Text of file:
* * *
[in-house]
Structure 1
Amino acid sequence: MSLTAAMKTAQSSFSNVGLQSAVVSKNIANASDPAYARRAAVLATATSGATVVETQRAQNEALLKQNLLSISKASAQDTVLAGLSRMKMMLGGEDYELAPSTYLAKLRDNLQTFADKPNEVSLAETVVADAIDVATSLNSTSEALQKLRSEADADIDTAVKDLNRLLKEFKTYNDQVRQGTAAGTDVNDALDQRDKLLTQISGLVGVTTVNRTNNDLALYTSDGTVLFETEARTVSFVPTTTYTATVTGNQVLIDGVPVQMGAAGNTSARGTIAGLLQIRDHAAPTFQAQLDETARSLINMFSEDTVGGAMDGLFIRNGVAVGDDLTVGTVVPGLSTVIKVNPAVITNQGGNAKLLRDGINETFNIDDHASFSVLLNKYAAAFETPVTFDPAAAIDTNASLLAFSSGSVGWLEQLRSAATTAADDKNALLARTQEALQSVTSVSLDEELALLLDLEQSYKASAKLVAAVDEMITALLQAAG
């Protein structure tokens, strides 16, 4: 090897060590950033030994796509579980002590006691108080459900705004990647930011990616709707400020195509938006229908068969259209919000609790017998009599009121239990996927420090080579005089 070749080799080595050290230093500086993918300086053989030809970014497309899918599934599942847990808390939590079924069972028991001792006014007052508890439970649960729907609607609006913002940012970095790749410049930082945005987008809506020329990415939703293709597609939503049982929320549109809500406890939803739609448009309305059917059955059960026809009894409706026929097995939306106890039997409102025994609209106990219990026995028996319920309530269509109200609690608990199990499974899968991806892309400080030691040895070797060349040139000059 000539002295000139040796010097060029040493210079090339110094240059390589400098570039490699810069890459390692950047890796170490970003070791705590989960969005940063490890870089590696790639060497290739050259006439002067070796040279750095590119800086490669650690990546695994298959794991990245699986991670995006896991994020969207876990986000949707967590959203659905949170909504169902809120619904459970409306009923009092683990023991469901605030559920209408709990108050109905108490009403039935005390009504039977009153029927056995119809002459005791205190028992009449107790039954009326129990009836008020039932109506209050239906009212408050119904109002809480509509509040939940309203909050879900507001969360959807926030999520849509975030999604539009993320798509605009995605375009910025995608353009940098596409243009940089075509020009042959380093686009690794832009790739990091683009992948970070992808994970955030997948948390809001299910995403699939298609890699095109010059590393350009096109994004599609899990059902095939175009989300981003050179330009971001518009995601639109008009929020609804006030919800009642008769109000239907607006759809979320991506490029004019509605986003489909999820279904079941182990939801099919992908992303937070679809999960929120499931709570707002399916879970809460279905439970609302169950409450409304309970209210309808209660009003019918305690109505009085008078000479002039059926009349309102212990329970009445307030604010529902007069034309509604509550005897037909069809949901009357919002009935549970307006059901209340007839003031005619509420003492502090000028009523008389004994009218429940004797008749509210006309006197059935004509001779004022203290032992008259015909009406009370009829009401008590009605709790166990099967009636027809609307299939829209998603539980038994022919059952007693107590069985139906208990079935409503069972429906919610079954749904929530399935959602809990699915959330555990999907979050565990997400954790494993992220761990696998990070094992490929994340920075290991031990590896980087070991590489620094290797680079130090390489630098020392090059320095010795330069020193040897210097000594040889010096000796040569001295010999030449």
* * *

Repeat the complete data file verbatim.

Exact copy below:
[in-house]
Structure 1
Amino acid sequence: MSLTAAMKTAQSSFSNVGLQSAVVSKNIANASDPAYARRAAVLATATSGATVVETQRAQNEALLKQNLLSISKASAQDTVLAGLSRMKMMLGGEDYELAPSTYLAKLRDNLQTFADKPNEVSLAETVVADAIDVATSLNSTSEALQKLRSEADADIDTAVKDLNRLLKEFKTYNDQVRQGTAAGTDVNDALDQRDKLLTQISGLVGVTTVNRTNNDLALYTSDGTVLFETEARTVSFVPTTTYTATVTGNQVLIDGVPVQMGAAGNTSARGTIAGLLQIRDHAAPTFQAQLDETARSLINMFSEDTVGGAMDGLFIRNGVAVGDDLTVGTVVPGLSTVIKVNPAVITNQGGNAKLLRDGINETFNIDDHASFSVLLNKYAAAFETPVTFDPAAAIDTNASLLAFSSGSVGWLEQLRSAATTAADDKNALLARTQEALQSVTSVSLDEELALLLDLEQSYKASAKLVAAVDEMITALLQAAG
């Protein structure tokens, strides 16, 4: 090897060590950033030994796509579980002590006691108080459900705004990647930011990616709707400020195509938006229908068969259209919000609790017998009599009121239990996927420090080579005089 070749080799080595050290230093500086993918300086053989030809970014497309899918599934599942847990808390939590079924069972028991001792006014007052508890439970649960729907609607609006913002940012970095790749410049930082945005987008809506020329990415939703293709597609939503049982929320549109809500406890939803739609448009309305059917059955059960026809009894409706026929097995939306106890039997409102025994609209106990219990026995028996319920309530269509109200609690608990199990499974899968991806892309400080030691040895070797060349040139000059 000539002295000139040796010097060029040493210079090339110094240059390589400098570039490699810069890459390692950047890796170490970003070791705590989960969005940063490890870089590696790639060497290739050259006439002067070796040279750095590119800086490669650690990546695994298959794991990245699986991670995006896991994020969207876990986000949707967590959203659905949170909504169902809120619904459970409306009923009092683990023991469901605030559920209408709990108050109905108490009403039935005390009504039977009153029927056995119809002459005791205190028992009449107790039954009326129990009836008020039932109506209050239906009212408050119904109002809480509509509040939940309203909050879900507001969360959807926030999520849509975030999604539009993320798509605009995605375009910025995608353009940098596409243009940089075509020009042959380093686009690794832009790739990091683009992948970070992808994970955030997948948390809001299910995403699939298609890699095109010059590393350009096109994004599609899990059902095939175009989300981003050179330009971001518009995601639109008009929020609804006030919800009642008769109000239907607006759809979320991506490029004019509605986003489909999820279904079941182990939801099919992908992303937070679809999960929120499931709570707002399916879970809460279905439970609302169950409450409304309970209210309808209660009003019918305690109505009085008078000479002039059926009349309102212990329970009445307030604010529902007069034309509604509550005897037909069809949901009357919002009935549970307006059901209340007839003031005619509420003492502090000028009523008389004994009218429940004797008749509210006309006197059935004509001779004022203290032992008259015909009406009370009829009401008590009605709790166990099967009636027809609307299939829209998603539980038994022919059952007693107590069985139906208990079935409503069972429906919610079954749904929530399935959602809990699915959330555990999907979050565990997400954790494993992220761990696998990070094992490929994340920075290991031990590896980087070991590489620094290797680079130090390489630098020392090059320095010795330069020193040897210097000594040889010096000796040569001295010999030449």